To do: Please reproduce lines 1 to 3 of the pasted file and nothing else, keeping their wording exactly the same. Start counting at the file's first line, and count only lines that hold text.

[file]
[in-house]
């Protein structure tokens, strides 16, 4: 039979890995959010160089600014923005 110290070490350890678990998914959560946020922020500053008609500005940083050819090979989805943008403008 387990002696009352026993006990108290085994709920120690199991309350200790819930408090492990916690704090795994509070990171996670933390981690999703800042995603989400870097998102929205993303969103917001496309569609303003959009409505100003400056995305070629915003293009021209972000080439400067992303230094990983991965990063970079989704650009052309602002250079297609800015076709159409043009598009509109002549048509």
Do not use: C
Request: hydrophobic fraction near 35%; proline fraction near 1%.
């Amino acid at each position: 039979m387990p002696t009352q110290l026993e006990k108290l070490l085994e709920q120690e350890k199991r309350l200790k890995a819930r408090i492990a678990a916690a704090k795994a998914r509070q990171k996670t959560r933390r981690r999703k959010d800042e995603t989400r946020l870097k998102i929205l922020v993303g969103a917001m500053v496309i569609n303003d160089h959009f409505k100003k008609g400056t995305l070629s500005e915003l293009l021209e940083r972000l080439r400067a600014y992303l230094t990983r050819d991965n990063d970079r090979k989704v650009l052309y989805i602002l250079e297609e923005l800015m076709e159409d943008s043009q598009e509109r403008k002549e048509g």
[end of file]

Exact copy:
[in-house]
């Protein structure tokens, strides 16, 4: 039979890995959010160089600014923005 110290070490350890678990998914959560946020922020500053008609500005940083050819090979989805943008403008 387990002696009352026993006990108290085994709920120690199991309350200790819930408090492990916690704090795994509070990171996670933390981690999703800042995603989400870097998102929205993303969103917001496309569609303003959009409505100003400056995305070629915003293009021209972000080439400067992303230094990983991965990063970079989704650009052309602002250079297609800015076709159409043009598009509109002549048509």
Do not use: C